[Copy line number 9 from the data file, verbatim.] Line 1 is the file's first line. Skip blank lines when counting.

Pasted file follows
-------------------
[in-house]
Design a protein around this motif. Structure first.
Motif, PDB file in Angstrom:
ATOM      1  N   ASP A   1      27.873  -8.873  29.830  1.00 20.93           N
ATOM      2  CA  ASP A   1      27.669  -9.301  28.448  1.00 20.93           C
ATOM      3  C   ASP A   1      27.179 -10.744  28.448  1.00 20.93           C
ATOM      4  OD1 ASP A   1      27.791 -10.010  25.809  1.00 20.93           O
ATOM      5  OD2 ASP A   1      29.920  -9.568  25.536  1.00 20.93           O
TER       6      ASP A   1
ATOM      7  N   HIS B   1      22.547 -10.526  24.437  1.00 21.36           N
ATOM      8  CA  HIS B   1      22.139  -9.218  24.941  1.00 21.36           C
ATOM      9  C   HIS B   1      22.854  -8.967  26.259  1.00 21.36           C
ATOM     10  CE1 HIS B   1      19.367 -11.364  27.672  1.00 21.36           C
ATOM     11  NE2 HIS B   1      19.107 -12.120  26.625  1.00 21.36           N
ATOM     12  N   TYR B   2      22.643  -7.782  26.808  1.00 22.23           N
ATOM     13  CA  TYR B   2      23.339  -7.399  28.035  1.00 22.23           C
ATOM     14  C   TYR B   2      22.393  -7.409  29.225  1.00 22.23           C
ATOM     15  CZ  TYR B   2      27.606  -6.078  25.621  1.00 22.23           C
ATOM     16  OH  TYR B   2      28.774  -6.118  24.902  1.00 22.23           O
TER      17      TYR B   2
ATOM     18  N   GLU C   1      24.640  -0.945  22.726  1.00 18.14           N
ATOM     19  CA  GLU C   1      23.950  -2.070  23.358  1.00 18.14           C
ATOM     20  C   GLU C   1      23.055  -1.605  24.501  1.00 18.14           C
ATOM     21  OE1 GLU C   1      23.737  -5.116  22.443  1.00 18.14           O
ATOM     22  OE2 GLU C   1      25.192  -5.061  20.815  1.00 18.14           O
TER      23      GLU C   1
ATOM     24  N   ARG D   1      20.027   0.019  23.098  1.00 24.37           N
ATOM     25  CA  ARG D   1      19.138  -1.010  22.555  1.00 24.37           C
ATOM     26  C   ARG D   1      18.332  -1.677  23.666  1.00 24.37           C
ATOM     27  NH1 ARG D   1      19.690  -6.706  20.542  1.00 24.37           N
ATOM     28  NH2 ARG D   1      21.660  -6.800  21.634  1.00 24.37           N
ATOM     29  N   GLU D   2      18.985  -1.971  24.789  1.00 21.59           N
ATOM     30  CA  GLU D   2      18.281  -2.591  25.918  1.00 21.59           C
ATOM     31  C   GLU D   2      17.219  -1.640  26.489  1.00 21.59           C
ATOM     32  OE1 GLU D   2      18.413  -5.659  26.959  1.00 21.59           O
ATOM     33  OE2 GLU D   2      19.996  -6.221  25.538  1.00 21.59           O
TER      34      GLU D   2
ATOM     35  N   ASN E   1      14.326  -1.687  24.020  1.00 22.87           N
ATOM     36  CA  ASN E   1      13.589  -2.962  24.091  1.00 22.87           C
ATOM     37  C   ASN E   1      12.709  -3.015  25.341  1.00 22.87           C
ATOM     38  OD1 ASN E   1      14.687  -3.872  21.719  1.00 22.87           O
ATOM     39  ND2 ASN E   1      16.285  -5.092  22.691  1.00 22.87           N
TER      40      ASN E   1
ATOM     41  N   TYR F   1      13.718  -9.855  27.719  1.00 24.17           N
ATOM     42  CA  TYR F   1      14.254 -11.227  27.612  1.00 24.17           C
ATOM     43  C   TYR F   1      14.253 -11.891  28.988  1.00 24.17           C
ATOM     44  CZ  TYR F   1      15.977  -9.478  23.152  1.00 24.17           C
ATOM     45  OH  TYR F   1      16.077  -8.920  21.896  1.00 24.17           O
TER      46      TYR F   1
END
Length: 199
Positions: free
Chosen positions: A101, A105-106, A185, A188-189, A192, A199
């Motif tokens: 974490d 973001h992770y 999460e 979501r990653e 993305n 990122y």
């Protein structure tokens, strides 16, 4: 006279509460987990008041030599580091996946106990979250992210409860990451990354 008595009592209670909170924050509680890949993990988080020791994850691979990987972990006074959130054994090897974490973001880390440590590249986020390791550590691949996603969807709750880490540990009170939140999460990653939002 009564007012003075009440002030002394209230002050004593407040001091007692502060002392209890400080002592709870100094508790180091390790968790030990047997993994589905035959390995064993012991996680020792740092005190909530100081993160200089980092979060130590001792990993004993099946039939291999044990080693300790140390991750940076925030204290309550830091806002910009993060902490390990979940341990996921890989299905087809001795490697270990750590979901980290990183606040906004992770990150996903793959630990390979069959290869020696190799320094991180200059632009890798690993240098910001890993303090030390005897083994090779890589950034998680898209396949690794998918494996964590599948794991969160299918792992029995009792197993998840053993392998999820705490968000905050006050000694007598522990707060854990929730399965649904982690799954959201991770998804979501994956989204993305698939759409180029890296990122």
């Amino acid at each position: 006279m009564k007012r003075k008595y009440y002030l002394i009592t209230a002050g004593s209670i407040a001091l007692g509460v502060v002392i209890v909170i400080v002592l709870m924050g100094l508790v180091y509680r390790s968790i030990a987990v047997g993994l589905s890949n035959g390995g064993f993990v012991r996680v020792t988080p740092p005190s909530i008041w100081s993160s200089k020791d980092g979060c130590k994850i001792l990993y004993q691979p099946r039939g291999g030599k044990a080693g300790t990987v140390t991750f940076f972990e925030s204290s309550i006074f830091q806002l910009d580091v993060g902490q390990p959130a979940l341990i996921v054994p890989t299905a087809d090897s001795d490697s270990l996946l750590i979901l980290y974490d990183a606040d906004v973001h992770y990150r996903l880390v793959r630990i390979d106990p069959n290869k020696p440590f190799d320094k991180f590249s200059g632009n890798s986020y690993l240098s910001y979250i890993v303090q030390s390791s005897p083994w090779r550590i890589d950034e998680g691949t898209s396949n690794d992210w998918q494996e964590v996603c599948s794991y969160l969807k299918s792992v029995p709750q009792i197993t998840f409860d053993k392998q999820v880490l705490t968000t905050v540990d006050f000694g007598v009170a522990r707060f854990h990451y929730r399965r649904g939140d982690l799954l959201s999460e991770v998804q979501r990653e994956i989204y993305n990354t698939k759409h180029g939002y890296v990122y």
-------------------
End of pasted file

TER       6      ASP A   1